This series explores what we don’t believe — and why — in order to help us understand what we do believe, and why we do.
The church does not teach that self-realization is the goal of our existence (at least, not the way we usually think of it).
If you drive down Sunset Boulevard in Los Angeles, heading toward the ocean, the terrain gradually changes from the crass ugliness of commercial construction to the studied spectacle of mansions inhabited by the very rich, and then to smaller homes tucked into verdant gardens. Eventually, you enter winding canyons with wild terrain, and then you pass a large and beautiful garden with a lake that reflects the golden dome of a shining white temple and arch. It is the headquarters of the Self-Realization Fellowship, and I always thought it was appropriate that it should be in Southern California, in Los Angeles, a city so dedicated to the individual human being and its image that one of the first signs I read on the day that I moved there identified the office of “Dr. X, psychiatrist and media consultant.”
Self-realization is an alluring prospect, isn’t it? At its core, the idea (as it’s used commonly, not specifically by the gurus in Los Angeles) implies that we are at our core deeply good, infinitely to be valued, and that if each one of us can let go of the various things that inhibit us and simply express the fullness of who we are, we will be happy and the world will be a better place.
And there is a lot in that idea that coincides with the beliefs of the Christian faith. We do believe that each person — every single human being — is made in the image of God, which means that, in our core, we are deeply good. We believe that our life experiences (the way were raised, the ways other people have treated us, images we’ve been fed by the media, or various ideas we’ve been taught) can get in the way of our ability to be those wonderful, loving people we were created to be, and that we need to do spiritual work in order to be freed to live in holy and life-giving ways.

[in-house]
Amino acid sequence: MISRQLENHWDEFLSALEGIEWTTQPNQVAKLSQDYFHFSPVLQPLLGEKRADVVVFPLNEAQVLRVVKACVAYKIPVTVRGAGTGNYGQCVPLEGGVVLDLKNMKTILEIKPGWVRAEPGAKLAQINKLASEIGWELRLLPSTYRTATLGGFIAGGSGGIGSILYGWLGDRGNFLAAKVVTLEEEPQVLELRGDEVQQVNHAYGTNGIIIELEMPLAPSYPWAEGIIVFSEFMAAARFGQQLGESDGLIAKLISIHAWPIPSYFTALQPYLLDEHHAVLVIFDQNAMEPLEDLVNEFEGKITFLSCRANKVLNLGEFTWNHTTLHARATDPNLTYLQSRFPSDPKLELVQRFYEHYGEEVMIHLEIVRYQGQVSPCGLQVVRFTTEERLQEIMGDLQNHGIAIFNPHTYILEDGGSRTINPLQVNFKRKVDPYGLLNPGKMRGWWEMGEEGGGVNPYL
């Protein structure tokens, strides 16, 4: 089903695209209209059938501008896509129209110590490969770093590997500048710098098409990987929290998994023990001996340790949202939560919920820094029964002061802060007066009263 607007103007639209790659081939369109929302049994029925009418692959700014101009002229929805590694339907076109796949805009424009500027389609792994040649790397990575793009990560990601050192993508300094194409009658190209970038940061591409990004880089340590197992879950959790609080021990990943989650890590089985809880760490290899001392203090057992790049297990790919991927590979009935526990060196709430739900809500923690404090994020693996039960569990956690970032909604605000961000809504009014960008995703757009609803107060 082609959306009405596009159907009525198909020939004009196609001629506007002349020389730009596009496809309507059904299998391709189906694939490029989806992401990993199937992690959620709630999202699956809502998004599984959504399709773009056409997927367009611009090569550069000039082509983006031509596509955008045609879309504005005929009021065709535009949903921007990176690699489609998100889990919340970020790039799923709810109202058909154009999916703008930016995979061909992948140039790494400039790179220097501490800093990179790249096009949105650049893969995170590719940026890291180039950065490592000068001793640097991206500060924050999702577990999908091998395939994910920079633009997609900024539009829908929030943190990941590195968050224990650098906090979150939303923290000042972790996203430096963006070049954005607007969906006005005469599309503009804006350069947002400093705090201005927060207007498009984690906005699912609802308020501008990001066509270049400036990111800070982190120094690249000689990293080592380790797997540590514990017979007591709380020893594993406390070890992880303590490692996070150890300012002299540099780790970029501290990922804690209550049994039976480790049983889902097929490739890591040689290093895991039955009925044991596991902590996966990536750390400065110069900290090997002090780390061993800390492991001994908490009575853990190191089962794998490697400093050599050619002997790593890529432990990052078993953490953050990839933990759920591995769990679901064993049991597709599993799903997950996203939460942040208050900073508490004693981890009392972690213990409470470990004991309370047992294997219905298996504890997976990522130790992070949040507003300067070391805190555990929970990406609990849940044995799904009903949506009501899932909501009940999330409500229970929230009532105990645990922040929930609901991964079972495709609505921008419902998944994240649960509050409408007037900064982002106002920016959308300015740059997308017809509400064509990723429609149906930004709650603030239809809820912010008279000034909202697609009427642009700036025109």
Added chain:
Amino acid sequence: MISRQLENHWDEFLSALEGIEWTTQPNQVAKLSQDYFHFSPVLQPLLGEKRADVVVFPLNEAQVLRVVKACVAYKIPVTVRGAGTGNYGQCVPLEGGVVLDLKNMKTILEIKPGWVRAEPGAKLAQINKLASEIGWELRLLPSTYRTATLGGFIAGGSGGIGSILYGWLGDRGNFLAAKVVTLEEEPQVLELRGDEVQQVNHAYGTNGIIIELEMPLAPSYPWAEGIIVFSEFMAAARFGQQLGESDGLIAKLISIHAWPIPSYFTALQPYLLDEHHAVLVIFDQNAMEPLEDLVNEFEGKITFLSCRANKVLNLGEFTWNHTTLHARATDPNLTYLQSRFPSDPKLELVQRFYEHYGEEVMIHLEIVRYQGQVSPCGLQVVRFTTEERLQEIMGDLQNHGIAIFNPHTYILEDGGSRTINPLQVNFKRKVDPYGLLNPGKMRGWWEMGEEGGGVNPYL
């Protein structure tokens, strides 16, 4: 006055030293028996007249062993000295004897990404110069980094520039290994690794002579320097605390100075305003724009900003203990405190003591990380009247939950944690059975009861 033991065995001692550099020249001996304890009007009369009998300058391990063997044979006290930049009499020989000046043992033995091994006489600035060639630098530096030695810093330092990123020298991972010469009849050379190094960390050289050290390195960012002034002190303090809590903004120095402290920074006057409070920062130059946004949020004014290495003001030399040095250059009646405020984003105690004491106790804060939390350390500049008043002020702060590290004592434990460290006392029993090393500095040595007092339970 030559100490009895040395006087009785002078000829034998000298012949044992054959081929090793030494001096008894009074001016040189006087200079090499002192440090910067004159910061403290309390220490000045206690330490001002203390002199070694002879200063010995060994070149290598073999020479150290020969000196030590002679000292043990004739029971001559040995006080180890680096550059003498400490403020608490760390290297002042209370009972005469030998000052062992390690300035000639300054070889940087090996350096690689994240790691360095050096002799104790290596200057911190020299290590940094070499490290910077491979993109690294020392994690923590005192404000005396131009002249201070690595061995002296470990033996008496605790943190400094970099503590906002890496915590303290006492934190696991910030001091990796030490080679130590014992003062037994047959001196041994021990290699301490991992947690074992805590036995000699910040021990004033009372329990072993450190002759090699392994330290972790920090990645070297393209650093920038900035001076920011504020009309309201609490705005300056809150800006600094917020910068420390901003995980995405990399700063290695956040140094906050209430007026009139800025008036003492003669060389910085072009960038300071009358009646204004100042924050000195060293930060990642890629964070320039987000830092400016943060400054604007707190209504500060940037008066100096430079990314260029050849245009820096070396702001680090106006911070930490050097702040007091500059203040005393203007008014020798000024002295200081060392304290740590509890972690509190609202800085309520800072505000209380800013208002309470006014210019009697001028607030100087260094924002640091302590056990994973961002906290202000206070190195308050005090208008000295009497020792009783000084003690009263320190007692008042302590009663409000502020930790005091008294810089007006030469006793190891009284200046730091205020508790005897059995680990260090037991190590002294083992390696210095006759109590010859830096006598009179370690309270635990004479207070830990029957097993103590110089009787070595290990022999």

But here’s where the teachings of Jesus exceed mere self-realization: the goal is not to become ourselves so that we can live for ourselves, but to become ourselves so that we can live for others. Christianity teaches us (and, if we are honest, our own experience shows most of us) that in addition to that wonderful self we were created to be, most of us have a hard seed of self-centeredness wedged like a flint in our hearts. And the aim of our prayers, the aim of our spiritual disciplines, is to open ourselves to the touch of God, who yearns to pour his grace into our hearts and heal us so that we can be free, not to live autonomous lives, but to welcome the life-giving interdependence of love for one another and for God. Only in such mutuality can we be fulfilled, for we were made in the image of a God whose fundamental nature is to be in relationship. That’s what the doctrine of the Trinity shows us: that God’s very existence takes the form of mutual self-offering and love.
We are surrounded each day by so many people who stridently insist on their rights. Sometimes, they insist on them because they are losing what they need to live a decent life; other times, because they want more for themselves even if it means that other people have less. We do not live among a chorus of people crying out with insistent voices that other people matter; that it’s OK to ask us to trim our down our desires so that others can have enough to live. We live in a world of vociferous takers, and few are the people who generously offer one another the best of what they have and are.
And yet, that world, the world of loving self-offering, is called the Kingdom of God. When we see hints of it around us, they move us greatly. When the volunteers poured in to the site of 9/11 to feed and water the rescue workers, we were cheered. When tornados ripped through Tuscaloosa, Alabama, and my small god-daughter came to her mother with the one stuffed animal she possessed that had belonged to her deceased older brother, Jacob, and told her mother to give it to a child who’d lost her home, so that Jacob could watch over her, too, I wept. When the members of a community step back from their own wishes and look at what is good for all of its members, so that all can flourish together, it creates a sense of safety and of plenty and of flourishing.
Martin Buber wrote, “I was a Thou before I was an I.” He meant that, from our earliest moments on this earth, we received our sense of who we were from the gaze of our parents. And from that time to this, we have been given our selves by others, over and over again.
What do your words and your actions say to others about who they are? Do they say, “Move over; get out of my way?” Or do they say, “You are precious to me, so beautiful that I am willing to offer my time, my care, and my self, so that you may flourish, too?”
No one has greater love than this, to lay down one’s life for one’s friends. (John 15:13)
Ubuntu: I am, because we are. Martin Buber and Desmond Tutu drew water from the same deep well. Gordon Avery
Great post! Totally appreciate the contrast between self-actualization for the purpose of self and the service of others. Thanks for sharing this!